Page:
And given our history of safe and successful development, I think that it’s time to expand the contribution of Alaska’s offshore resources to make America’s energy security. My bill, S. 1278, provides for annual lease sales in the area between three and six miles offshore, known as the 8(g) zone, in the Beaufort and Cook Inlet. This area is adjacent to where the State of Alaska holds annual lease sales and it is very close to existing infrastructure. It can deliver near-term production from the Beaufort to maintain the Trans-Alaska Pipeline which is critical as we look at the declining throughput and an infrastructure that is half full. It can also deliver natural gas from the Cook Inlet to Alaskans around the state.

My legislation would also provide for more frequent lease sales than called for in the current five-year plan, and extend lease terms to accommodate the stringent regulatory requirements and short operating windows in the Beaufort and Chukchi. The incompatibility of long development timelines and existing lease terms was identified as an issue in a recent National Petroleum Council study that was done at the request of the Department of Energy. I strongly believe that more predictable lease sales with more workable lease terms will provide more value for our Treasury.

Offshore development must also benefit States and local communities and that’s why my legislation supports revenue sharing for Alaska, and that’s why I thank Senators Cassidy, Warner, and Scott for spearheading similar legislation for the Gulf and the mid- to South Atlantic States. Each area I think we recognize is different, with specific needs and interests, but it’s out of simple fairness that we should provide revenue sharing to all of them.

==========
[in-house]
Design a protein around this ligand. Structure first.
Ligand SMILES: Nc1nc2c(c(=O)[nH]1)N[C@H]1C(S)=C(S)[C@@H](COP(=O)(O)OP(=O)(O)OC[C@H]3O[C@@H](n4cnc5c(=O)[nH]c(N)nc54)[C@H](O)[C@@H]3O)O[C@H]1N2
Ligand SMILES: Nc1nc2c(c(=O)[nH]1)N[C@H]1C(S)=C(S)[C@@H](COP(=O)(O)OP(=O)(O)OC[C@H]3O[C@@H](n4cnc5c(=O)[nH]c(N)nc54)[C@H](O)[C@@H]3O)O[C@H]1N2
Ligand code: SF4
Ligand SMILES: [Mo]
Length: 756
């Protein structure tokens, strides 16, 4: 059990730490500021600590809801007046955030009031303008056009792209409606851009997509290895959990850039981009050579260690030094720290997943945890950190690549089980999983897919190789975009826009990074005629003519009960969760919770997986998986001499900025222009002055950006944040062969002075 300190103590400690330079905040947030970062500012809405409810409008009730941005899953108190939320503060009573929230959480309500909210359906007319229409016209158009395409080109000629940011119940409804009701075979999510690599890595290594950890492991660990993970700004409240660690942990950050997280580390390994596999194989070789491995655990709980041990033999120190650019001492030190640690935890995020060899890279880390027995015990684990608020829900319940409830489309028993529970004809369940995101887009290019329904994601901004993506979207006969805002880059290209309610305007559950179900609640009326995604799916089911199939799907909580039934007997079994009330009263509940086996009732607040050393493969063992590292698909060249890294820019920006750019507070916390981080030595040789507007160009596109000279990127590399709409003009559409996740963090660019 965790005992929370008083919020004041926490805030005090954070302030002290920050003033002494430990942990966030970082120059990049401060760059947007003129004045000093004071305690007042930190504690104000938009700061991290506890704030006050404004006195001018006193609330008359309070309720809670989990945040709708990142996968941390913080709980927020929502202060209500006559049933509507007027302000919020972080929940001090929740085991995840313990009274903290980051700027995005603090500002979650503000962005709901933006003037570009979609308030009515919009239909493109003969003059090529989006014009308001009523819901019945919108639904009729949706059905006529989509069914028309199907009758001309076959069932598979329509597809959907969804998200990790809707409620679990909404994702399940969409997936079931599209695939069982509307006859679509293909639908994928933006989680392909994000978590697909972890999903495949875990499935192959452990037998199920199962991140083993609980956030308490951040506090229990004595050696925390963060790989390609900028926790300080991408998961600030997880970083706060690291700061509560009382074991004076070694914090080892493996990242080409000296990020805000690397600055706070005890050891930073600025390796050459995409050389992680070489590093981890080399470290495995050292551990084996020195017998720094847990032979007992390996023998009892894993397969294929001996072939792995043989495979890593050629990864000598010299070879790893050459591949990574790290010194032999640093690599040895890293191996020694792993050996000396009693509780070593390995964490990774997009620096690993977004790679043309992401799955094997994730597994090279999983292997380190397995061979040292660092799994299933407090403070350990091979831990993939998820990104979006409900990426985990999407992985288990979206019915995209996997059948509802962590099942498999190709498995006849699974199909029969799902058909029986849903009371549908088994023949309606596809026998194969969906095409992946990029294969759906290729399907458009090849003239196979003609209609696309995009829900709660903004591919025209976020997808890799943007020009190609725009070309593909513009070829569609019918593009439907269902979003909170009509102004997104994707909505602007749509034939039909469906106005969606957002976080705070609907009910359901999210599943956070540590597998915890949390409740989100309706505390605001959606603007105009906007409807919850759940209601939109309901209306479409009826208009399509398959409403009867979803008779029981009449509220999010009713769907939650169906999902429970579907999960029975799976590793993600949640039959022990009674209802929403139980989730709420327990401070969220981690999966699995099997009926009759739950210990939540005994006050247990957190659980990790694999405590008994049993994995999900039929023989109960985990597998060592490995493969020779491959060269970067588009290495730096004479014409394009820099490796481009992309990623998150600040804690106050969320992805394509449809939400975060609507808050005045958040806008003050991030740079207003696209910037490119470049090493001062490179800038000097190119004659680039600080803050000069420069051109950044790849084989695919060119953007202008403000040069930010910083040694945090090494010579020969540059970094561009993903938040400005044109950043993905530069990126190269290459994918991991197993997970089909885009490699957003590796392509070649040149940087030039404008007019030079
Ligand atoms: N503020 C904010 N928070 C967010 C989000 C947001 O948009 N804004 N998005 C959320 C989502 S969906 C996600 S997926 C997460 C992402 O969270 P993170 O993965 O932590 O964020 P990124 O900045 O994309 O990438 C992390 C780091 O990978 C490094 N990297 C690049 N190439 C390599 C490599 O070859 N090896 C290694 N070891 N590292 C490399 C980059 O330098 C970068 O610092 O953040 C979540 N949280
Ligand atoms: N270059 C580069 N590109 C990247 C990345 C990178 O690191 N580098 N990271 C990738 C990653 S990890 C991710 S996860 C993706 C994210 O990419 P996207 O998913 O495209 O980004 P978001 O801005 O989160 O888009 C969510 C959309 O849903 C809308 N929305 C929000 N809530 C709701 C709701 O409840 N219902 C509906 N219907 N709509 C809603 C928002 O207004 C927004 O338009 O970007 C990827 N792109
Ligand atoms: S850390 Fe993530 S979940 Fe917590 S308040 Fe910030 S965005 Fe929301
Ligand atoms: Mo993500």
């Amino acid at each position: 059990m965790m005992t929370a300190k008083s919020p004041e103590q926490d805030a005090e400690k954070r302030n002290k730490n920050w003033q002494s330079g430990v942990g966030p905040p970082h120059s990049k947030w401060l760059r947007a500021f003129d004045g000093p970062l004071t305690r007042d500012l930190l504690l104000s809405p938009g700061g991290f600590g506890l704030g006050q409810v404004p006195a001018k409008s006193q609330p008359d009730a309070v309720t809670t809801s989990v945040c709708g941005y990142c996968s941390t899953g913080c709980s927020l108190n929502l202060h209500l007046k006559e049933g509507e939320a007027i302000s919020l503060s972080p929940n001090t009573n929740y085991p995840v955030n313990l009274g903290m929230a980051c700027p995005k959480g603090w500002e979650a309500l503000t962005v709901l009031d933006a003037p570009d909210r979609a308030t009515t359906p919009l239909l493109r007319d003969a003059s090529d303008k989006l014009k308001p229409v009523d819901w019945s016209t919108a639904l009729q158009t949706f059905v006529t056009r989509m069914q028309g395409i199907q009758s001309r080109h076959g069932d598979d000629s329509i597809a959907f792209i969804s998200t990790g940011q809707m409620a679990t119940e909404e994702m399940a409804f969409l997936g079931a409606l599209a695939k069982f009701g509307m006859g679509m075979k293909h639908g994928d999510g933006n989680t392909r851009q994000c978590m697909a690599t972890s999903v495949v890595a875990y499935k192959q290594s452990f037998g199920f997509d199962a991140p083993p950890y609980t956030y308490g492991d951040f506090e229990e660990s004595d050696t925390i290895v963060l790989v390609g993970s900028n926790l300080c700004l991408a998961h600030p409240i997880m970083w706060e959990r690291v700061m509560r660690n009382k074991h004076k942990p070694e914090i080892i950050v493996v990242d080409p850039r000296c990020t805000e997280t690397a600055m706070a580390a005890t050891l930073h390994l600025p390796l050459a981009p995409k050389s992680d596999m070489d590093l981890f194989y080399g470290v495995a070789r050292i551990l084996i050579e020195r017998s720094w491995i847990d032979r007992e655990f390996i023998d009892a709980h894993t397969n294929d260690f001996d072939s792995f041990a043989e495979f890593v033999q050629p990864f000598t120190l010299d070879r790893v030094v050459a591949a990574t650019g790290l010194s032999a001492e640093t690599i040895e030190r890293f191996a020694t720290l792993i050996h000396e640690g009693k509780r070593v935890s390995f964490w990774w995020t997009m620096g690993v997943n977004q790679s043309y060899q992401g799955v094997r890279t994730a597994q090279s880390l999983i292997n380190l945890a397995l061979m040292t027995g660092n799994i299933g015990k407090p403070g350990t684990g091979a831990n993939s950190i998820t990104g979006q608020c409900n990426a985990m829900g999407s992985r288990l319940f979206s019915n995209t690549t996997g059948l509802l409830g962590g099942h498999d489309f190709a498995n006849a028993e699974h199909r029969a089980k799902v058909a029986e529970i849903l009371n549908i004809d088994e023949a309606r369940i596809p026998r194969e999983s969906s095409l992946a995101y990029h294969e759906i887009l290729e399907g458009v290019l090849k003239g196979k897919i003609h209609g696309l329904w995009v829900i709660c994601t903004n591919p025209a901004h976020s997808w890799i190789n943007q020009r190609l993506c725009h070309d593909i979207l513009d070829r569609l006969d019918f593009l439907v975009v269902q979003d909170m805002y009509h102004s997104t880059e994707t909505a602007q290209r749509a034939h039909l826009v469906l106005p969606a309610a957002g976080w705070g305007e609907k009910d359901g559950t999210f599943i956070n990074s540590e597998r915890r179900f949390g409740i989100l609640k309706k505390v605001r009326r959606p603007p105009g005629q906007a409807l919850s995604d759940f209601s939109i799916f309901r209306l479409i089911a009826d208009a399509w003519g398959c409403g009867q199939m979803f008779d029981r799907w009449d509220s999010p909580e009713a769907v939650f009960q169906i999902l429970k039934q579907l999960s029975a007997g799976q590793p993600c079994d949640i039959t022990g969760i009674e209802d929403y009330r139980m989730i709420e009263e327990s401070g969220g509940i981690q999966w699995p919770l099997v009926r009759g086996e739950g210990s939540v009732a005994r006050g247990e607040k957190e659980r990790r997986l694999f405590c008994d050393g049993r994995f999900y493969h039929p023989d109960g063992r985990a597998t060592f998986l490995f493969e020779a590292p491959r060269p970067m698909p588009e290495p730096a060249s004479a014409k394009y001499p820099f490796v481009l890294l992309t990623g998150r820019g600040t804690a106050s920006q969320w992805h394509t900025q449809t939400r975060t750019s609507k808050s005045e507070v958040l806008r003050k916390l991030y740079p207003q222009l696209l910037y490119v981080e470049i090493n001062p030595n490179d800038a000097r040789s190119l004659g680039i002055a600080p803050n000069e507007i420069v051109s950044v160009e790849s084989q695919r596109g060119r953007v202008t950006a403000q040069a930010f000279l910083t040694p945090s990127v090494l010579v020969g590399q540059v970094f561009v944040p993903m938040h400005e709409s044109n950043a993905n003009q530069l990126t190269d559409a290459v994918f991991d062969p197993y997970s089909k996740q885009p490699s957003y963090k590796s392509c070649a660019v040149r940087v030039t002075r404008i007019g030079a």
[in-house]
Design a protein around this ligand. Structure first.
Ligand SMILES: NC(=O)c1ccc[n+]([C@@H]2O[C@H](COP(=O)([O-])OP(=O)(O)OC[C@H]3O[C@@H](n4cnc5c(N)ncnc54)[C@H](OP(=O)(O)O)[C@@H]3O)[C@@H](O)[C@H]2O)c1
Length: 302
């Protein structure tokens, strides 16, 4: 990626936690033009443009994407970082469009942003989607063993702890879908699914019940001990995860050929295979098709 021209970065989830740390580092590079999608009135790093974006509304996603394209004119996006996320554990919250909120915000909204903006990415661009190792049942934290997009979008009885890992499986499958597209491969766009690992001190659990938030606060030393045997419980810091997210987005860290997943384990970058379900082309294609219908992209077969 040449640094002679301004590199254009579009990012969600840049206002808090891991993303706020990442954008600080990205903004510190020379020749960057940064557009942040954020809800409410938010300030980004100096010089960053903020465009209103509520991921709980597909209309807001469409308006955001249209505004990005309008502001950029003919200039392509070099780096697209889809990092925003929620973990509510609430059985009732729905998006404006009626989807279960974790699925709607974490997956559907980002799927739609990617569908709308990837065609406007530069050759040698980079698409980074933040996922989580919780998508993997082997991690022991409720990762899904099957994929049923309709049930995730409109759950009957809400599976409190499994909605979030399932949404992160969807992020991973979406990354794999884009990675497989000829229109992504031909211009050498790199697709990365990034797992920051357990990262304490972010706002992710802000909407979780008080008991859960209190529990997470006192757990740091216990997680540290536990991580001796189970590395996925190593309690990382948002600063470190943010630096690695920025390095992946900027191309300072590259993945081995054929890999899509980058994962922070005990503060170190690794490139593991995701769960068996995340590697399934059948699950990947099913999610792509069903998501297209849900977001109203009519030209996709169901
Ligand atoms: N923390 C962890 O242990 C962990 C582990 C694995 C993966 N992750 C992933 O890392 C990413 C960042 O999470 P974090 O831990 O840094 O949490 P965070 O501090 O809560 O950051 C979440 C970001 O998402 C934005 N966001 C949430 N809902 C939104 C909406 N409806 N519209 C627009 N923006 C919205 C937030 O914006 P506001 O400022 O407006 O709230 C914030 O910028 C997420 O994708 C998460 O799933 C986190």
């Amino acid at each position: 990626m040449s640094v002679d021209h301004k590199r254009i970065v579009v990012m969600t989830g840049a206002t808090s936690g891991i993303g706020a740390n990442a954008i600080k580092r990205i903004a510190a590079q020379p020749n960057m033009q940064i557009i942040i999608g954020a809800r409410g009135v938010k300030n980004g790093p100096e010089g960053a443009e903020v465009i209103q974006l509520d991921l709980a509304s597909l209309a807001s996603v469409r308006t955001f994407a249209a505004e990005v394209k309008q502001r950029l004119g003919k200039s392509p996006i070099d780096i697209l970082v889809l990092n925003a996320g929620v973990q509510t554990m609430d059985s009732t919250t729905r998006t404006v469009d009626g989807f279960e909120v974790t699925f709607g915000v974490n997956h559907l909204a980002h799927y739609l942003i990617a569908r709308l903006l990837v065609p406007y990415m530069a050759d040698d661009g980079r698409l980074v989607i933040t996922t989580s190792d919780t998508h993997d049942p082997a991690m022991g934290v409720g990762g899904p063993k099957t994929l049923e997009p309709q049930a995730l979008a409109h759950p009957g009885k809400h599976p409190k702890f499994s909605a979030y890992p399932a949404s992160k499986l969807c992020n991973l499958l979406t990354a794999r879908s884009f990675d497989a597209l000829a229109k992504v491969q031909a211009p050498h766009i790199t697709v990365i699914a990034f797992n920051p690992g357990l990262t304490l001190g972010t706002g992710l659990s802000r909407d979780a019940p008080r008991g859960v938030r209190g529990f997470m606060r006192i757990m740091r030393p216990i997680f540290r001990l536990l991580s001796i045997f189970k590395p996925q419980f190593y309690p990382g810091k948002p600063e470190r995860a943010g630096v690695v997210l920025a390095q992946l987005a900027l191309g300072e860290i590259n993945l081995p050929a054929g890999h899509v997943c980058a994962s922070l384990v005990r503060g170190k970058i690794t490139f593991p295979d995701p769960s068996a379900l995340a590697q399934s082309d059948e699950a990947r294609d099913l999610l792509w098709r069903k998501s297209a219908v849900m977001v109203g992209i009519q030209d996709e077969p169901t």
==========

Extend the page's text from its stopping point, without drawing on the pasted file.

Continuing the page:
In Alaska, supporting communities, science, and workforce development are all critical components of a successful and vibrant offshore industry that meets our national energy interests. While Alaska has abundant resources, Alaskans face some of the highest energy costs in the nation. For too many Alaskans, energy is not diverse, secure, or affordable. In fact, energy insecurity and energy poverty are the defining issues in many parts of my home State. That’s one of the reasons why I have joined with Senator Scott from South Carolina to focus keenly on this issue of energy insecurity.

In considering the importance of revenue sharing, I ask all of my colleagues – here on the committee and in the Senate as a whole – to consider the commitment that Alaska has made to invest the earnings from nonrenewable resources into our renewable resources. Through just one program, for example, the State has allocated more than $250 million to more than 275 renewable projects to help unlock Alaska’s vast wind, biomass, and hydropower resources.

Now, among those renewable resources, one that is particularly important to me and my state is hydropower. So, I have introduced legislation to recognize hydropower as a renewable resource throughout federal programs. Something that again I find just stunning. Maybe it’s because I come from a state where there is more rain than just about anything at most times but recognizing hydro as a renewable resource is incredibly important as I am concerned. And to improve the permitting process so that we can bring clean hydropower to more communities across Alaska and across the nation.

From producing energy on the outer continental shelf to generating renewable hydropower in our waterways, we’ve got an outstanding opportunity to come together around core principles and build a bipartisan supply title. I am optimistic that we can do this in a way that builds upon the American energy renaissance that we are experiencing.

We’ve got a lot of bills on the agenda today and I look forward to reviewing these to see which ones are going to meet that test, and to hearing our witnesses’ perspectives on each of these as well.